Oil prices stabilised in early Asian trade on Wednesday after sharp moves earlier in the week, as markets weighed concerns about the U.S. economy and potential supply disruptions from ongoing tensions in the Red Sea.
Brent crude slipped 1 cent, or 0.01%, to $75.88 a barrel by 0300 GMT, while U.S. West Texas Intermediate crude futures rose 4 cents, or 0.06%, to $70.42 a barrel.
Oil prices had climbed around $2 earlier in the week following attacks on vessels in the Red Sea by Houthi rebels over the weekend and the reported arrival of an Iranian warship on Monday. A wider conflict could close crucial waterways for oil transportation and disrupt trade flows.
However, the market fell in the previous session as market optimism about early and aggressive U.S. interest rate cuts ebbed ahead of the release of Federal Reserve minutes and jobs data.
“Energy markets were unable to escape the broader pressure seen on risk assets with equity markets also weaker. The weakness in oil comes despite a ratcheting up in tensions in the Middle East,” said ING analysts in a client note.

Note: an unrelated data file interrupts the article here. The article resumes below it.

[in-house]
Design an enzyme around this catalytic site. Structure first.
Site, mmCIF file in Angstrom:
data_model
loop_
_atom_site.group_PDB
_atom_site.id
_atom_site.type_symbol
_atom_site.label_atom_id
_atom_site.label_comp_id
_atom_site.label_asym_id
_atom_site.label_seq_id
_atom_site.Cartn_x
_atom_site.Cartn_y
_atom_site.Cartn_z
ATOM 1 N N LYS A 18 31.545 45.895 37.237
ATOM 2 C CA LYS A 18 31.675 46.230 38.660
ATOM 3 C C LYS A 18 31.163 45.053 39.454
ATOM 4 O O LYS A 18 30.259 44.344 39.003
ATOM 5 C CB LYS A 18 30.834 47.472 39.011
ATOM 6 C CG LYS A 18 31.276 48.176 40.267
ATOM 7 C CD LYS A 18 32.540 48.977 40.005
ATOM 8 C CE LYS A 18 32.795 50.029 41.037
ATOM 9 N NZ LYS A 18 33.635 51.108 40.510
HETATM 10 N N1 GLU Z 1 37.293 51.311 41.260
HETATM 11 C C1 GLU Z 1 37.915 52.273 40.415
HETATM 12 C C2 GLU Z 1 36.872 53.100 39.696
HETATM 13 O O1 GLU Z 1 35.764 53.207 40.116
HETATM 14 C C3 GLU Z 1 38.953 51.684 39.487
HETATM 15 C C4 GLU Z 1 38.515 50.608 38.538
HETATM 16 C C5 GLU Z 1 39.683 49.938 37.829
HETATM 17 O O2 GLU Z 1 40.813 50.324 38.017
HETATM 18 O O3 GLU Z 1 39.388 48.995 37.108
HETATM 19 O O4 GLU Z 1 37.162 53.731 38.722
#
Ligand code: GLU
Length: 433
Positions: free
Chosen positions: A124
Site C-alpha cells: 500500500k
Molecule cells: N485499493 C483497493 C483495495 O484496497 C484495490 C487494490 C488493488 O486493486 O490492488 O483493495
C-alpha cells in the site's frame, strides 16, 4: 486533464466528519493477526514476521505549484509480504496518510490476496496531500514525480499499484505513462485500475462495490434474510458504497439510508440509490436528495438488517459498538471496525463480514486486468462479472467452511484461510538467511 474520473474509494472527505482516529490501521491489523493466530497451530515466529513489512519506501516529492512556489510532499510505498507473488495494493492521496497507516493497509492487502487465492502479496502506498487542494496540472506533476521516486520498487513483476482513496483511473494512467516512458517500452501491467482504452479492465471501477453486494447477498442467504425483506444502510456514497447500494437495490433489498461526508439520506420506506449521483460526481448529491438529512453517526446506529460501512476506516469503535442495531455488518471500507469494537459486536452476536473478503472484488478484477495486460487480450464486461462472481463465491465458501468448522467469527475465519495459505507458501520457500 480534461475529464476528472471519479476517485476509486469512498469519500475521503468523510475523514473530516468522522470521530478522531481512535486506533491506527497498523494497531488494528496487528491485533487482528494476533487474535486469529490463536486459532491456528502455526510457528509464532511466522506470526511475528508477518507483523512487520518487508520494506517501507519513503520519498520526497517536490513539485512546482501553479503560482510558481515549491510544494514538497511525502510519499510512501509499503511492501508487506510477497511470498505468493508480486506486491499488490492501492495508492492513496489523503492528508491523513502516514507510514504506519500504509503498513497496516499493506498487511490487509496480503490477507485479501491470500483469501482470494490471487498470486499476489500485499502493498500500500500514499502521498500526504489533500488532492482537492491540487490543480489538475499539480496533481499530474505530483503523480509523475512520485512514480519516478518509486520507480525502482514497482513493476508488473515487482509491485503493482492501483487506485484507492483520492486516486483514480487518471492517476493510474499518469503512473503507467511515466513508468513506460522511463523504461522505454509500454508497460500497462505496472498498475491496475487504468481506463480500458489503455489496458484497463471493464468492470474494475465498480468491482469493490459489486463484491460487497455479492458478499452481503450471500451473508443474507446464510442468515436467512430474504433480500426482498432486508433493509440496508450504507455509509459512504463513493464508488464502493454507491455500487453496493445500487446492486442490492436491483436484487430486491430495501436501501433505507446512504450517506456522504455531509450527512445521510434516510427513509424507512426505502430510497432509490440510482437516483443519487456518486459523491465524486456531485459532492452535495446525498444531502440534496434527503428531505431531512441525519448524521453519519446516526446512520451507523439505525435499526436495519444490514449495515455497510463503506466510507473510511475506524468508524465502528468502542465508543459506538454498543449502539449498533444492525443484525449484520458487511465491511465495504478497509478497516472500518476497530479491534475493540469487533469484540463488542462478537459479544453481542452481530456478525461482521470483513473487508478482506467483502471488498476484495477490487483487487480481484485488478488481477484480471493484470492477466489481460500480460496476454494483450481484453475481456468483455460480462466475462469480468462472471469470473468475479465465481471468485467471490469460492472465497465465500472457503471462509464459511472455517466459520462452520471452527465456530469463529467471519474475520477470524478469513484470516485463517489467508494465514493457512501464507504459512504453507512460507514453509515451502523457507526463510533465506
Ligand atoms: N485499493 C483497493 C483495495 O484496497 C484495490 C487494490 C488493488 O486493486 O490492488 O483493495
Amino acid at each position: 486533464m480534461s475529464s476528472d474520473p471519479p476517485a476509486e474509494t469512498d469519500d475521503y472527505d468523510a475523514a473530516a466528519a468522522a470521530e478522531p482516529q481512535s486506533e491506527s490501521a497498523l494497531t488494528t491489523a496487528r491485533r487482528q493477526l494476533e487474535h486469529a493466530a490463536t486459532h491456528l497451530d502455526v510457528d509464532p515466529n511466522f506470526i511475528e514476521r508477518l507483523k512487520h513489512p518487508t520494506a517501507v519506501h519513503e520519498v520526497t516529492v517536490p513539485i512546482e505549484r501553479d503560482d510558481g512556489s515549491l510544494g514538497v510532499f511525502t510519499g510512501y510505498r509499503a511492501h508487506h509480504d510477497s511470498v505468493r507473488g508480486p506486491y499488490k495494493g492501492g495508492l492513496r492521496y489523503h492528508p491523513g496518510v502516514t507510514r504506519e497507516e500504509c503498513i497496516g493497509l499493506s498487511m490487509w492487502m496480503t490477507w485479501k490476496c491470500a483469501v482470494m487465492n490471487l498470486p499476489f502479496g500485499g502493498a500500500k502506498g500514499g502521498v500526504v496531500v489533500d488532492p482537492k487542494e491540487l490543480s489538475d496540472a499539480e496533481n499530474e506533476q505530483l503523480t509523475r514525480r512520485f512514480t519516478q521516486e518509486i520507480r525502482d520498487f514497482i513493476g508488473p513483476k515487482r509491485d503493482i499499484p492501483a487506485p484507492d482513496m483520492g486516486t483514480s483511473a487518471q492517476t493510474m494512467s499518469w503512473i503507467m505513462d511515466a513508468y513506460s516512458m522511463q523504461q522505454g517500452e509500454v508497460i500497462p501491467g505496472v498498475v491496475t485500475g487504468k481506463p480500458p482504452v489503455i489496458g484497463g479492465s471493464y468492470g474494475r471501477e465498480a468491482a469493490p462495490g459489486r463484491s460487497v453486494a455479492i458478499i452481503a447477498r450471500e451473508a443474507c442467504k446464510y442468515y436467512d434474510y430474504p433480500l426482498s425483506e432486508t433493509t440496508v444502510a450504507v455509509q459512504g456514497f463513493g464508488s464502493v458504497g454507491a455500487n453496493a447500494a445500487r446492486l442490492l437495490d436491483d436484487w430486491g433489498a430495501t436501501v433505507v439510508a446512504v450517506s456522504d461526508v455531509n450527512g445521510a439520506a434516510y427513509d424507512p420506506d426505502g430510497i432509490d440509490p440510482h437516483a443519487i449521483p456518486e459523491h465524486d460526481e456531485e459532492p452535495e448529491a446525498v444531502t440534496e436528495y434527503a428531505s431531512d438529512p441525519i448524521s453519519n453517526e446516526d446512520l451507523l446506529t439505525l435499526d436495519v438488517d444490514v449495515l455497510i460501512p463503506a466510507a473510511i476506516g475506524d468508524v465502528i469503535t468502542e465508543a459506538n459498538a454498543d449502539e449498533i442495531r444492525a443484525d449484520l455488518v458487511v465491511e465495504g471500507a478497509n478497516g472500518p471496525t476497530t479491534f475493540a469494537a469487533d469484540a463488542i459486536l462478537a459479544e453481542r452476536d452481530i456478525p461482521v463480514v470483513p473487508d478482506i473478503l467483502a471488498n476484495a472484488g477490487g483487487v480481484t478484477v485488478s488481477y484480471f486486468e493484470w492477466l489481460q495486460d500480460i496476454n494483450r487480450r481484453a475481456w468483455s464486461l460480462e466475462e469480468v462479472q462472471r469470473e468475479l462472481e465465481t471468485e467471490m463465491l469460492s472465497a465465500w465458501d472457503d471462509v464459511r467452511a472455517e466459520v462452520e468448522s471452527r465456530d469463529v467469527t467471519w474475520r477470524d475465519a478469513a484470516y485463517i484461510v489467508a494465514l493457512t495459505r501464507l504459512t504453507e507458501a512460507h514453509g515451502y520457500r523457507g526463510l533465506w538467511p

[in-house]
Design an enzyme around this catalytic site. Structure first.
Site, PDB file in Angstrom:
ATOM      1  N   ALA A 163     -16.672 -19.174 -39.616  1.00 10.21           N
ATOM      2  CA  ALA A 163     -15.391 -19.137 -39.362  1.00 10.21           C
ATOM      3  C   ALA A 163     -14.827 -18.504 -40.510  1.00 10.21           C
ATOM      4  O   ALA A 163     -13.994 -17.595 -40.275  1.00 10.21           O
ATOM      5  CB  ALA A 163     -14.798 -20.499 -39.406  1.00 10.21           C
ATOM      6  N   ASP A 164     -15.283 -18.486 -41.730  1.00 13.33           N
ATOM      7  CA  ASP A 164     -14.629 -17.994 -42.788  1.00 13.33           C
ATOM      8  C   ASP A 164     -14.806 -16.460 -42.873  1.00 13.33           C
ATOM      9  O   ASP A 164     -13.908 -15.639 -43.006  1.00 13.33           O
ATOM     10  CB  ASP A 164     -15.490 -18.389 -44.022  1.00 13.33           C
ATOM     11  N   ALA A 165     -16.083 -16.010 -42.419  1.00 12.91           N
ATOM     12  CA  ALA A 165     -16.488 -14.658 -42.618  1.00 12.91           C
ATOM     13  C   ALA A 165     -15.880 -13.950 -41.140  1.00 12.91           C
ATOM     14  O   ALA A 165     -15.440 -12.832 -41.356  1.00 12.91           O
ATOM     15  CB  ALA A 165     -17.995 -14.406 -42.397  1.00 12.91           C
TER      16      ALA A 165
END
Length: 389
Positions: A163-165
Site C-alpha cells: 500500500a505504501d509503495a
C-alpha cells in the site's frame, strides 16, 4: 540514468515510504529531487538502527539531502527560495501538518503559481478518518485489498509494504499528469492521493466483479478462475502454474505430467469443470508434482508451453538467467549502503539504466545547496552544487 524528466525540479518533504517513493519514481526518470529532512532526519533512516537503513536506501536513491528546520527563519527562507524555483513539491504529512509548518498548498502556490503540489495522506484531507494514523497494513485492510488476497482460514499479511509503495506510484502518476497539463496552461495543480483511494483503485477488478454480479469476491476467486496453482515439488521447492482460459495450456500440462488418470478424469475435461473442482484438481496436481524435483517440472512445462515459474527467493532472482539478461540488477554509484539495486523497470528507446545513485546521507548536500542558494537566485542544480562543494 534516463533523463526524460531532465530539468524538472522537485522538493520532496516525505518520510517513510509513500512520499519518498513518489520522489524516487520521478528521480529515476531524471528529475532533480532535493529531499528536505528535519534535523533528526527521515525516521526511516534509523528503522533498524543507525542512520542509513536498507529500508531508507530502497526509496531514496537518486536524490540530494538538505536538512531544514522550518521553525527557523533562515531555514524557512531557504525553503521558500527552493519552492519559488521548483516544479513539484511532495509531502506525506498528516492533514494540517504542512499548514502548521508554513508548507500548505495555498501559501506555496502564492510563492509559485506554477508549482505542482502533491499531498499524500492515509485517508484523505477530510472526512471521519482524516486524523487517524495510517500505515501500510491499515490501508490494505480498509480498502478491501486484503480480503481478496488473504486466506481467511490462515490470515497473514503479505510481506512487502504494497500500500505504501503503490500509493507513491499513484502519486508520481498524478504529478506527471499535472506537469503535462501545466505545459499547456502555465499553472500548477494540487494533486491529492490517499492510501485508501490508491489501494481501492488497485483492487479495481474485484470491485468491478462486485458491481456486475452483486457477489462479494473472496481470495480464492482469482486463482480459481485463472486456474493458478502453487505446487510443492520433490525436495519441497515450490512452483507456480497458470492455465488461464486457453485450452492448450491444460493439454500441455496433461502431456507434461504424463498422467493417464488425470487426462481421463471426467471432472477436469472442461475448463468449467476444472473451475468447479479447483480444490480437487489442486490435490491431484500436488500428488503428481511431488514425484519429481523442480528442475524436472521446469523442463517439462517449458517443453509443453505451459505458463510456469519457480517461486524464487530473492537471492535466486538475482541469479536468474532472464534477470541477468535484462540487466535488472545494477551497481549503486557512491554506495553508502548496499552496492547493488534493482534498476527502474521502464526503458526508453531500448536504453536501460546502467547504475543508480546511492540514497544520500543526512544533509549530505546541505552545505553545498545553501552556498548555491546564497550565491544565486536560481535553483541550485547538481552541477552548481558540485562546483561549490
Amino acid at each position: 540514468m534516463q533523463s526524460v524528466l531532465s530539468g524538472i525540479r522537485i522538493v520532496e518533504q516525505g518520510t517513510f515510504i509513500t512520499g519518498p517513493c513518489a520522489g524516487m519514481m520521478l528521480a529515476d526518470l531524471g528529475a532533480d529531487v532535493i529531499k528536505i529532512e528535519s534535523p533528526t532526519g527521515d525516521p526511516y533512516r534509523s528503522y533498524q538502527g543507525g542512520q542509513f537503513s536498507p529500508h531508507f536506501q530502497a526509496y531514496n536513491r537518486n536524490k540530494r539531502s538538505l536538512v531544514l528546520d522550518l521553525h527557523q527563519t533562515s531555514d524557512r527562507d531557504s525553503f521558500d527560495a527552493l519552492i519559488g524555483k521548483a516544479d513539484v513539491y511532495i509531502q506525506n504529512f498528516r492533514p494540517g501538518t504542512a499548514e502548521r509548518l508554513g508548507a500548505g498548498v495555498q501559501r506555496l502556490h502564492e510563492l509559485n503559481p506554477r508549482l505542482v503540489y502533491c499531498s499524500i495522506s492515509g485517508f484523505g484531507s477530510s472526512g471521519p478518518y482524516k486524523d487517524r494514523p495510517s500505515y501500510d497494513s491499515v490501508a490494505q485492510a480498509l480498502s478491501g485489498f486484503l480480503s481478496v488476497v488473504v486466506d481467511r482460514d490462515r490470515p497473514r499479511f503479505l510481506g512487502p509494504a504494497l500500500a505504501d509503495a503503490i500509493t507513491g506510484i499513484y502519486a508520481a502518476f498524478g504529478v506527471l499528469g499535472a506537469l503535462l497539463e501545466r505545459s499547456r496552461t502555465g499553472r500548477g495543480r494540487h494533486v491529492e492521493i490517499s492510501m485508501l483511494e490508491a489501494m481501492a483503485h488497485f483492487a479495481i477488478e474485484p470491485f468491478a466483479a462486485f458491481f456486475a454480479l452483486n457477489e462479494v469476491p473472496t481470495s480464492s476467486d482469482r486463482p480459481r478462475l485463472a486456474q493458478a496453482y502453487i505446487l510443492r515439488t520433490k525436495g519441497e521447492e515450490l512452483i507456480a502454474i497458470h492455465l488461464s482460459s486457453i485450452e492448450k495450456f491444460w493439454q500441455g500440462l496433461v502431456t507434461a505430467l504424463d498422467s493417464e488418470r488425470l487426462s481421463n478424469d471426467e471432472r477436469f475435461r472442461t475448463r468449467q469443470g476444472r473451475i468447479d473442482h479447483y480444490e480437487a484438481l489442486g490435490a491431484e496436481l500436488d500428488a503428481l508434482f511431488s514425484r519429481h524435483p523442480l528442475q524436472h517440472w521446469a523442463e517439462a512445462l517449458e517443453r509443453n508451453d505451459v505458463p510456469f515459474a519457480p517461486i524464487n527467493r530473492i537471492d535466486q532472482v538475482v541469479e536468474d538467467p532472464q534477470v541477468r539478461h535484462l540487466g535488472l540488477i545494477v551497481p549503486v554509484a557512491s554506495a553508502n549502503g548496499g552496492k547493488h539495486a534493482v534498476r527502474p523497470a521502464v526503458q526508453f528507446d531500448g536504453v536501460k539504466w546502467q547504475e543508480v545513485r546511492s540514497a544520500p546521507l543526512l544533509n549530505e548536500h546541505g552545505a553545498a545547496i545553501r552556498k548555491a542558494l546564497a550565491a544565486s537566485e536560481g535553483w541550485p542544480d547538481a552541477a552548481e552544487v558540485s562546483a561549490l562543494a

Expectations of ample supply in the first half of 2024 have kept a lid on prices ahead of OPEC+ plans to hold a meeting of its Joint Ministerial Monitoring Committee (JMMC) in early February. An exact date has not been decided, three sources from the alliance said.
“While the geopolitical situation is a concern for the oil market, a fairly comfortable oil balance over the first half of 2024 does help to ease some of these worries,” said ING analysts.
“Given the scale of cuts we are already seeing, it will be increasingly difficult for the group to cut more if needed over the course of 2024,” they said, pointing to the fact that recent cuts have been driven by voluntary reductions, rather than group-wide cuts.
Ahead of weekly U.S. crude and product inventory reports, analysts polled by Reuters expected crude stockpiles fell last week, while distillate and gasoline stocks likely rose.
Data from the American Petroleum Institute industry group is due at 4:30 p.m. (2130 GMT) on Wednesday, and data from the Energy Information Administration, the statistical arm of the U.S. Department of Energy, is due at 11:00 a.m. (1600 GMT) on Thursday, delayed by a day due to the New Year’s holiday on Monday.
(Reporting by Laura Sanicola and Trixie Yap; Editing by Sonali Paul)